I don’t know how to describe the way I feel about Blankets other than, when I closed its covers, it made me cry. Not because the ending was sad, because it wasn’t, it was beautiful and hopeful, but because I couldn’t believe what I had just experienced and I couldn’t believe that it was over. For the first 200 pages of Blankets, I read slowly, immersing myself in every single drawing, every line, every word. For the last 350 pages I was consumed by the story. I have no recollection of anything happening outside of its pages. I was wholly a part of Craig’s world and nothing could have drawn me out of it. Did hours pass? Possibly. I honestly couldn’t tell you. All I can tell you is that I have never been moved by graphic novel like this and there are only a few traditional novels that have made me feel the same way.
Craig Thompson says that Blankets came from the urge to describe what it is like to sleep in the same bed as someone for the first time. There is no sentence that sums up Blankets better than that, but there is so much more depth to it than that. Craig, the son of very religious parents, weaves two stories that have a blanket at their center: sharing a bed with his younger brother when they were children and falling in love for the first time with Raina, a girl he met at a Christian camp.. This is a book about passions (religious, sexual, familial, romantic) and how they are at once complementary and contradictory. They push and pull against one another as much as they make each other possible. When one passion cannot be reconciled with another, how we deal with the force of that disappointment eventually defines who we are.
Blankets made me really think about my own religious journey. Religion is a huge part of this graphic novel and I know that that can turn some people away. At the center of the story is Craig’s questioning of his faith, that until his young adulthood was a blind faith. It’s honest, but it’s still reverent. At the center of this novel is not losing one’s faith, but being able to ask questions about it. About taking a personal journey to discover your relationship with faith, no matter what that faith or the result of that discovery may be. I know that I appreciate this part of the novel because the way Craig feels about things really mirrors my own life, but I don’t think it should be a deterrent for anyone reading this novel. It is about so much more than just religion; it’s one coming of age story in which everyone can find pieces of themselves.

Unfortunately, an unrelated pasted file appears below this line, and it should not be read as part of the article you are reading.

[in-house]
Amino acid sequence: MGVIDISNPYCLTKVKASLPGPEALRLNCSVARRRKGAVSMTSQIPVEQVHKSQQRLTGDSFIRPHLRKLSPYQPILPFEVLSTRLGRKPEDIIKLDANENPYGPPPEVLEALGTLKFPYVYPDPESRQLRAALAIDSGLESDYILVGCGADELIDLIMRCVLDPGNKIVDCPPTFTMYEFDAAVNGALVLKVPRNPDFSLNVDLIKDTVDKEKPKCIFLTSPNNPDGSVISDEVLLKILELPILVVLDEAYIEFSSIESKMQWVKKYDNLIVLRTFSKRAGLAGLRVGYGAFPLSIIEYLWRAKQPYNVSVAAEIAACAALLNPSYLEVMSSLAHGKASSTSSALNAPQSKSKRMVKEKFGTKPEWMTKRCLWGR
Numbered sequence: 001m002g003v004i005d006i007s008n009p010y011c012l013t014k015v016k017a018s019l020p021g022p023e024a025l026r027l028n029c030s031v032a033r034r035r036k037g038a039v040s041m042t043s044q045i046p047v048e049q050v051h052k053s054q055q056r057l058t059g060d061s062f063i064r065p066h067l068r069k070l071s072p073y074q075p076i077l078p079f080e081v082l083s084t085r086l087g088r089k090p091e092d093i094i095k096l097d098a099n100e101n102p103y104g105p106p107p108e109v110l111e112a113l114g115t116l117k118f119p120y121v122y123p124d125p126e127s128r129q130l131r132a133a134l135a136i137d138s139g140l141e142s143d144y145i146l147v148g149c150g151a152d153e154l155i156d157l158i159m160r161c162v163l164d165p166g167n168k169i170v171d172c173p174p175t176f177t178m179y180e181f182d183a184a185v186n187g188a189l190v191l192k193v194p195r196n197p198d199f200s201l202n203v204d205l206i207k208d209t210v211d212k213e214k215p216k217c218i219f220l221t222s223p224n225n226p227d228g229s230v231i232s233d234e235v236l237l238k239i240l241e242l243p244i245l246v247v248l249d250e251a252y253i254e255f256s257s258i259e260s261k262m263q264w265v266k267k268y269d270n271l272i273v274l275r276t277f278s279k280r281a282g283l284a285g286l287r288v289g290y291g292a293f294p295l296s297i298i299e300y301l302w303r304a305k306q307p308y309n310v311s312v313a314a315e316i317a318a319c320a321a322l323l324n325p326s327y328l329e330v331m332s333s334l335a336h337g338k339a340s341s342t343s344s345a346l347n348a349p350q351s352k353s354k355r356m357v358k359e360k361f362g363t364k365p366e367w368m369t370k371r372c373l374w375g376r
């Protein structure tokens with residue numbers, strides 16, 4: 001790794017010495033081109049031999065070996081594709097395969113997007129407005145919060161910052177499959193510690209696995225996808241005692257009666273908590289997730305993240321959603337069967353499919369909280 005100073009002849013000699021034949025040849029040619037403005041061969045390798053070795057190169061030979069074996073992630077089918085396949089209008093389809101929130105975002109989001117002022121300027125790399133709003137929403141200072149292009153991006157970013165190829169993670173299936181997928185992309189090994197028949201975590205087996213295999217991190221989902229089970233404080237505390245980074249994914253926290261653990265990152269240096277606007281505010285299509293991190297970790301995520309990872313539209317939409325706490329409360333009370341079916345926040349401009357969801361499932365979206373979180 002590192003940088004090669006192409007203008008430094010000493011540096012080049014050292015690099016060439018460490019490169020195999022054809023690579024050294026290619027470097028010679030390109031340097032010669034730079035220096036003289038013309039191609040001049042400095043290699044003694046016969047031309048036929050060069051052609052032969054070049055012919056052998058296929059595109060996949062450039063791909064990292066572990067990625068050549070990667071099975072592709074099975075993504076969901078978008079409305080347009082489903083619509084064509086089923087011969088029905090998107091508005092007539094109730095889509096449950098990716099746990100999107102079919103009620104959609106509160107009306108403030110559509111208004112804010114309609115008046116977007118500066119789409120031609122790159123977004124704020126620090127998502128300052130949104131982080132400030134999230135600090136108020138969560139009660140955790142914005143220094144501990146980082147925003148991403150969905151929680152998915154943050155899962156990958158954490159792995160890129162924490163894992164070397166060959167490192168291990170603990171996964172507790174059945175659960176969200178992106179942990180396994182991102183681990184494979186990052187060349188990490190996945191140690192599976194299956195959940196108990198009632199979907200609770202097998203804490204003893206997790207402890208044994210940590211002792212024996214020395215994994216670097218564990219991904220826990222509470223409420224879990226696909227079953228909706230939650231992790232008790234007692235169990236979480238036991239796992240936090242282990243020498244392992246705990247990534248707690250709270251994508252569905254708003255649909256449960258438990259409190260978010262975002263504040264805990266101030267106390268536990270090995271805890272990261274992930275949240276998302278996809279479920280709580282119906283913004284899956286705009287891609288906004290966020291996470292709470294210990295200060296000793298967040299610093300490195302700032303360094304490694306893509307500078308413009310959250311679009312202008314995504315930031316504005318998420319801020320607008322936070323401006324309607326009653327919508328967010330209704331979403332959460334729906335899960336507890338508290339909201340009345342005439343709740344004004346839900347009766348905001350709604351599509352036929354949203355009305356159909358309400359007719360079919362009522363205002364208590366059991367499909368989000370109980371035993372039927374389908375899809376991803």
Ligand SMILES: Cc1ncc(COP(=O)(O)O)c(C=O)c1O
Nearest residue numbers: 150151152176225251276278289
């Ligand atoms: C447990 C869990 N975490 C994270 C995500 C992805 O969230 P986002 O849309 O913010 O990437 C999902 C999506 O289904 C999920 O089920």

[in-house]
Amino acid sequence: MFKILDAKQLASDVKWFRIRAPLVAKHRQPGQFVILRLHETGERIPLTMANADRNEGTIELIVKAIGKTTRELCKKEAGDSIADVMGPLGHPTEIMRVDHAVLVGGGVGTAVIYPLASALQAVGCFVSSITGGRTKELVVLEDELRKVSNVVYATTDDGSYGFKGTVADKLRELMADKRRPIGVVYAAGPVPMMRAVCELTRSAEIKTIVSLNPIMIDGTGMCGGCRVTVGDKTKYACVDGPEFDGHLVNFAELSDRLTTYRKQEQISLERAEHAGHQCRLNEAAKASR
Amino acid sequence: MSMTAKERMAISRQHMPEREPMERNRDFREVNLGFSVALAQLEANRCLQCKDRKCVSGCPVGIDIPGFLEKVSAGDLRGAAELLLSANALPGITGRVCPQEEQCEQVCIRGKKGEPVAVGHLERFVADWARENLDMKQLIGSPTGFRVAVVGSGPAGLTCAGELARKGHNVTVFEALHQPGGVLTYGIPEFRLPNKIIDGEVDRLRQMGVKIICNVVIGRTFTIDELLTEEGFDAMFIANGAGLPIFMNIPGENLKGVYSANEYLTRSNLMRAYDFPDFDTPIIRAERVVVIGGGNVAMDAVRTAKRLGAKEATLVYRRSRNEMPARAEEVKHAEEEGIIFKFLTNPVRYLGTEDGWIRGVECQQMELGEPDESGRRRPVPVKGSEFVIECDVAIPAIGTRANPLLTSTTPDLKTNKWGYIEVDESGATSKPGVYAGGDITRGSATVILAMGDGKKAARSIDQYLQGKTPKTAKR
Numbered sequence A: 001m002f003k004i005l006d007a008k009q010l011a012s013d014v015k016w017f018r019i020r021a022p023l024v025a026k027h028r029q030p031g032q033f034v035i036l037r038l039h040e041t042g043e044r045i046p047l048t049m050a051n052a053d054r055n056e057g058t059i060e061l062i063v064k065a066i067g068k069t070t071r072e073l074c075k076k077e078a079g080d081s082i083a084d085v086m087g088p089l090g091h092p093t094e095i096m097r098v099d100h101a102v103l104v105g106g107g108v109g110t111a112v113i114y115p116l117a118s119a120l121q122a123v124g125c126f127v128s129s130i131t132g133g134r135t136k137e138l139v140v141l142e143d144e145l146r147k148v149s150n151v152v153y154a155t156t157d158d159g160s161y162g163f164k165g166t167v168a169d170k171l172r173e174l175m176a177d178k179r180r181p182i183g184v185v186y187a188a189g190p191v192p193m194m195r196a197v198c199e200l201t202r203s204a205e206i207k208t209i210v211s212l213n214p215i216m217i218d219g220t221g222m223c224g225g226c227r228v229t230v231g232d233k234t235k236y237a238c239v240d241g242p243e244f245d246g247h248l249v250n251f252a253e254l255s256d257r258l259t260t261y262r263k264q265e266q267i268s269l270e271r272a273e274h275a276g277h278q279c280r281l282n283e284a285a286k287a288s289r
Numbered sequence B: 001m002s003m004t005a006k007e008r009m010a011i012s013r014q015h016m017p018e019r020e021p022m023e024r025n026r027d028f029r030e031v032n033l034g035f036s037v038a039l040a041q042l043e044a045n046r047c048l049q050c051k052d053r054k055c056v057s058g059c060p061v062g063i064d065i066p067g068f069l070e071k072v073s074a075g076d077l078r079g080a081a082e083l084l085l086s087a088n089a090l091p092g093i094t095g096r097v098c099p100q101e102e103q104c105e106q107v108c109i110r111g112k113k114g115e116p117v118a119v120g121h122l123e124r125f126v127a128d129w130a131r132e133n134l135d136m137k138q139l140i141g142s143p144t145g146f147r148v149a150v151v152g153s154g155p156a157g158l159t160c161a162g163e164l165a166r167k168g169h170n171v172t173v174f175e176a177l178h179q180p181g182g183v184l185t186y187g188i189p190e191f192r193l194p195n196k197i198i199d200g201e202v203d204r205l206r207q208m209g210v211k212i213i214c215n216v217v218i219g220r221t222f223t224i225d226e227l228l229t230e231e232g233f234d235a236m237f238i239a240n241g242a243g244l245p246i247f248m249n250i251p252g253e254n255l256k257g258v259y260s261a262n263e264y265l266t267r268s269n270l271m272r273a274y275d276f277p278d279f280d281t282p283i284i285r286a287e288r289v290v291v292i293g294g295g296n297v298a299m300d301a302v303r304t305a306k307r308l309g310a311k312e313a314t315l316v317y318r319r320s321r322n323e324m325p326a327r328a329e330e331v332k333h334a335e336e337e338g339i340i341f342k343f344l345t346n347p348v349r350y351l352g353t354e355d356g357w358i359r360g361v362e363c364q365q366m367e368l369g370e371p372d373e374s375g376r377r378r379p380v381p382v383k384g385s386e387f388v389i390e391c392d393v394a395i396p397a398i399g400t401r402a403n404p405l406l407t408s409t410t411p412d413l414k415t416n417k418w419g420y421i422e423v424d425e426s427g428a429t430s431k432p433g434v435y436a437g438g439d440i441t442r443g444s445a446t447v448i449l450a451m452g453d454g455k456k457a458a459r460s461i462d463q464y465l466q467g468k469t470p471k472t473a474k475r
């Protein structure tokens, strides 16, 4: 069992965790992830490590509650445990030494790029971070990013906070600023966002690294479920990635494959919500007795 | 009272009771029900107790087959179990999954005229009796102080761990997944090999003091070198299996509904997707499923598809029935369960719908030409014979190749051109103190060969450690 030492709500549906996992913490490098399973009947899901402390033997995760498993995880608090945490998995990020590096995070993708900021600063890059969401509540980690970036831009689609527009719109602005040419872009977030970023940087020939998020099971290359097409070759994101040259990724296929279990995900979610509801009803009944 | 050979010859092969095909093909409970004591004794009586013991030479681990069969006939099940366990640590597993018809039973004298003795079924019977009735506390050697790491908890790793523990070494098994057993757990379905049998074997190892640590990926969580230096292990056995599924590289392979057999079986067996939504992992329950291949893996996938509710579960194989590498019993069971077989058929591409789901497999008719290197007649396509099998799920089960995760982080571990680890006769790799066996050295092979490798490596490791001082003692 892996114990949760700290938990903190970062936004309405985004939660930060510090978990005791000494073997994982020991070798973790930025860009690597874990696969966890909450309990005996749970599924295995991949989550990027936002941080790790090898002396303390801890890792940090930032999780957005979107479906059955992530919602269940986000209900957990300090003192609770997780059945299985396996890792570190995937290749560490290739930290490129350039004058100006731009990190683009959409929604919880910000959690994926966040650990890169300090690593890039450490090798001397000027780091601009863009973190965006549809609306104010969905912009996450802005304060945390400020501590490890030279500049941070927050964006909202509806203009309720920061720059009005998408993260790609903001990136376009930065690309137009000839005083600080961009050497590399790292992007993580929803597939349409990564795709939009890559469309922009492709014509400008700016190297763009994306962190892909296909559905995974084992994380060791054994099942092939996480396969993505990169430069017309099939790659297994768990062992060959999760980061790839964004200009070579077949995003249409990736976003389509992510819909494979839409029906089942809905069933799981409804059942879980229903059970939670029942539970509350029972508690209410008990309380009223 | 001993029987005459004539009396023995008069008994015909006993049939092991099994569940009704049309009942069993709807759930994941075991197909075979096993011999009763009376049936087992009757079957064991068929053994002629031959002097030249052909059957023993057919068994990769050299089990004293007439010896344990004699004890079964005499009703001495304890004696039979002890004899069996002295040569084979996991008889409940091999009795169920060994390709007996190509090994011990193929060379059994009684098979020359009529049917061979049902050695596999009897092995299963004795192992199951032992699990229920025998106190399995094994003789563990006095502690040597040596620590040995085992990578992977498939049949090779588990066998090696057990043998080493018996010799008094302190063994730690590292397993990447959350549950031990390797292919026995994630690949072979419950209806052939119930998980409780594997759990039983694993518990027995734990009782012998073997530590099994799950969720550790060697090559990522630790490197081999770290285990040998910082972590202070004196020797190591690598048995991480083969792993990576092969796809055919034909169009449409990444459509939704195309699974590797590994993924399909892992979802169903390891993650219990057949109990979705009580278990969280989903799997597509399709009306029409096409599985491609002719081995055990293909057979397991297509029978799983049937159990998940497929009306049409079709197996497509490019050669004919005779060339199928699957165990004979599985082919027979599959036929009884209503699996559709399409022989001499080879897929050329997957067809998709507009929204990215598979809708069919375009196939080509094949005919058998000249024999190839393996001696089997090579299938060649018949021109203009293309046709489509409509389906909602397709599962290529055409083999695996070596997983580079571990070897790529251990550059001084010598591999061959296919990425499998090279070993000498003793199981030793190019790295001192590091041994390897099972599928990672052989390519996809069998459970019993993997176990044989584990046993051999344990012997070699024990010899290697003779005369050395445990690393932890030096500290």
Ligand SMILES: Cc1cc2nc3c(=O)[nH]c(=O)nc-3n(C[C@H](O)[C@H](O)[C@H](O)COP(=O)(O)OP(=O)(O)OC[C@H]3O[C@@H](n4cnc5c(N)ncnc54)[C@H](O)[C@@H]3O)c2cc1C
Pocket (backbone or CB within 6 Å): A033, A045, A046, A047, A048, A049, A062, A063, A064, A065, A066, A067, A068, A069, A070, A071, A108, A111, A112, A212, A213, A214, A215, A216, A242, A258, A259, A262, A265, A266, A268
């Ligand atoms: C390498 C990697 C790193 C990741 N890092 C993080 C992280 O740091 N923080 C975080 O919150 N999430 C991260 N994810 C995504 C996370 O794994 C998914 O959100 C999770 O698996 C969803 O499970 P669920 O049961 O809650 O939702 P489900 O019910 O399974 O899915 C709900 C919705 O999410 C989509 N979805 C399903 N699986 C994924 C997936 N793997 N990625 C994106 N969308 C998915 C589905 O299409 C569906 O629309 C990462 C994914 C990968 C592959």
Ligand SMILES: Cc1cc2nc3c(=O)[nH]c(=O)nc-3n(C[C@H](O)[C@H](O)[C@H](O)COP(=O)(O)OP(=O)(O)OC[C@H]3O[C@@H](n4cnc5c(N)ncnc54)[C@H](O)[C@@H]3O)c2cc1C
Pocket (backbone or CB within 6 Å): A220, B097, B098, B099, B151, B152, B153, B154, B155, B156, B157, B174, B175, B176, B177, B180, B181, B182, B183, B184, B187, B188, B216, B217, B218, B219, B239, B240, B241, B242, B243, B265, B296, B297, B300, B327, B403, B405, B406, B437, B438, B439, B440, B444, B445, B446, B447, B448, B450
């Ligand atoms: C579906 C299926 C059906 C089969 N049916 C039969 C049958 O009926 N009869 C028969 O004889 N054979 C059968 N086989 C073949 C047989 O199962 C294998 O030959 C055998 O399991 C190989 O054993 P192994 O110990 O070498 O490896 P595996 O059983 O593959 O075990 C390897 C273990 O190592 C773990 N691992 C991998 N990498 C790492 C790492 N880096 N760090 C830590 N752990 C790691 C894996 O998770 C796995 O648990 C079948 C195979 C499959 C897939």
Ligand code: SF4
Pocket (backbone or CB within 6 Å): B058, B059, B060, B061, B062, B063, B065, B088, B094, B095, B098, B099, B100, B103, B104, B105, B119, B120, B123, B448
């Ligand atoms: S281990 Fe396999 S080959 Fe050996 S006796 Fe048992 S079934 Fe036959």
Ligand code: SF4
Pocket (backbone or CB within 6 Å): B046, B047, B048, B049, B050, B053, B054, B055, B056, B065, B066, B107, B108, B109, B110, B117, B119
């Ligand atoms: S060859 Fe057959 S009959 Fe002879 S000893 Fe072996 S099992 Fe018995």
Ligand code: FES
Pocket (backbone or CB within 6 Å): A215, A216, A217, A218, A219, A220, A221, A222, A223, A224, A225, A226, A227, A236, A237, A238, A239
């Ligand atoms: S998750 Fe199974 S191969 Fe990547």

Often after finishing a novel I say, “Wow, that book made me want to go back to the front page and read it again.” Well, for the first time, I actually did it. I read Blankets twice in one night and found that there were so many small things and connections that I missed after my first reading. For example, Raina and Craig begin their relationship as pen pals and at one point we see Craig draw a picture for Raina. Later, when he finally visits her house, that picture is on Raina’s wall. It’s details like that that truly make a graphic novel a masterpiece. But that is not the only thing that makes Blankets perfect. It’s Thompson’s excellent use of negative space, the recurring themes and images, like blankets and snow (blankets of snow!!), typography and so much more.
Blankets will make you ache. It will make you pine for the particular way first love consumes you. It will bring you back to that particular loneliness that is high school, in all that you are forever surrounded by people. It will remind you of the fits of fanaticism that being a child and a teenager allow. Even if your life is completely different from Craig’s, I challenge you not to find snippets of your own family here in both Craig and Raina’s. I challenge you to read Blankets and not be moved. Please, please read this autobiographical comic: it doesn’t get any better than this.